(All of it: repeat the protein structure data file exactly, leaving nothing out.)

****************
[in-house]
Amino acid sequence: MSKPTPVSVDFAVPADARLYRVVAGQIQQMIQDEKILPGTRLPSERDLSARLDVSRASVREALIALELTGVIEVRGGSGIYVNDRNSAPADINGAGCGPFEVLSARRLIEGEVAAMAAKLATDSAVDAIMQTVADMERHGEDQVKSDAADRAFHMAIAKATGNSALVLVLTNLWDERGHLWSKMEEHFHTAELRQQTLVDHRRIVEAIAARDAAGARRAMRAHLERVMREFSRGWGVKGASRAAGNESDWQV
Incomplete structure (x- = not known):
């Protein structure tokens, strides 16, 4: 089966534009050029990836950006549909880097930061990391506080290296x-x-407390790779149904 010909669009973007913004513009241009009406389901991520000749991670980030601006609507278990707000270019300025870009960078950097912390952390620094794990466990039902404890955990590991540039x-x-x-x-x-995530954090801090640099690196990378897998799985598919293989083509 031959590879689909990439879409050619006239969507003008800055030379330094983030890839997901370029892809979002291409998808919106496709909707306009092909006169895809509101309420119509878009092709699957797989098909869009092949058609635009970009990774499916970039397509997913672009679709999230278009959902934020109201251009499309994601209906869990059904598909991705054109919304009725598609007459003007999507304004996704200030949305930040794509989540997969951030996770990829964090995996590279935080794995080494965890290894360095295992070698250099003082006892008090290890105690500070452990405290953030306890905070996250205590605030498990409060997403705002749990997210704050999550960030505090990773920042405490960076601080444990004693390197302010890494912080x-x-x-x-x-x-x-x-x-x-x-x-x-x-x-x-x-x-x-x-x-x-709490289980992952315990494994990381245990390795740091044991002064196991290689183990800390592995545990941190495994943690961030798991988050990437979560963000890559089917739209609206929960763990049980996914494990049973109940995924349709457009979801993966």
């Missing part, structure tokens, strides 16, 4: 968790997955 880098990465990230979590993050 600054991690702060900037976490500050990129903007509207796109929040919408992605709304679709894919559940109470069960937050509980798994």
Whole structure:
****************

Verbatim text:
[in-house]
Amino acid sequence: MSKPTPVSVDFAVPADARLYRVVAGQIQQMIQDEKILPGTRLPSERDLSARLDVSRASVREALIALELTGVIEVRGGSGIYVNDRNSAPADINGAGCGPFEVLSARRLIEGEVAAMAAKLATDSAVDAIMQTVADMERHGEDQVKSDAADRAFHMAIAKATGNSALVLVLTNLWDERGHLWSKMEEHFHTAELRQQTLVDHRRIVEAIAARDAAGARRAMRAHLERVMREFSRGWGVKGASRAAGNESDWQV
Incomplete structure (x- = not known):
């Protein structure tokens, strides 16, 4: 089966534009050029990836950006549909880097930061990391506080290296x-x-407390790779149904 010909669009973007913004513009241009009406389901991520000749991670980030601006609507278990707000270019300025870009960078950097912390952390620094794990466990039902404890955990590991540039x-x-x-x-x-995530954090801090640099690196990378897998799985598919293989083509 031959590879689909990439879409050619006239969507003008800055030379330094983030890839997901370029892809979002291409998808919106496709909707306009092909006169895809509101309420119509878009092709699957797989098909869009092949058609635009970009990774499916970039397509997913672009679709999230278009959902934020109201251009499309994601209906869990059904598909991705054109919304009725598609007459003007999507304004996704200030949305930040794509989540997969951030996770990829964090995996590279935080794995080494965890290894360095295992070698250099003082006892008090290890105690500070452990405290953030306890905070996250205590605030498990409060997403705002749990997210704050999550960030505090990773920042405490960076601080444990004693390197302010890494912080x-x-x-x-x-x-x-x-x-x-x-x-x-x-x-x-x-x-x-x-x-x-709490289980992952315990494994990381245990390795740091044991002064196991290689183990800390592995545990941190495994943690961030798991988050990437979560963000890559089917739209609206929960763990049980996914494990049973109940995924349709457009979801993966």
């Missing part, structure tokens, strides 16, 4: 968790997955 880098990465990230979590993050 600054991690702060900037976490500050990129903007509207796109929040919408992605709304679709894919559940109470069960937050509980798994």
Whole structure: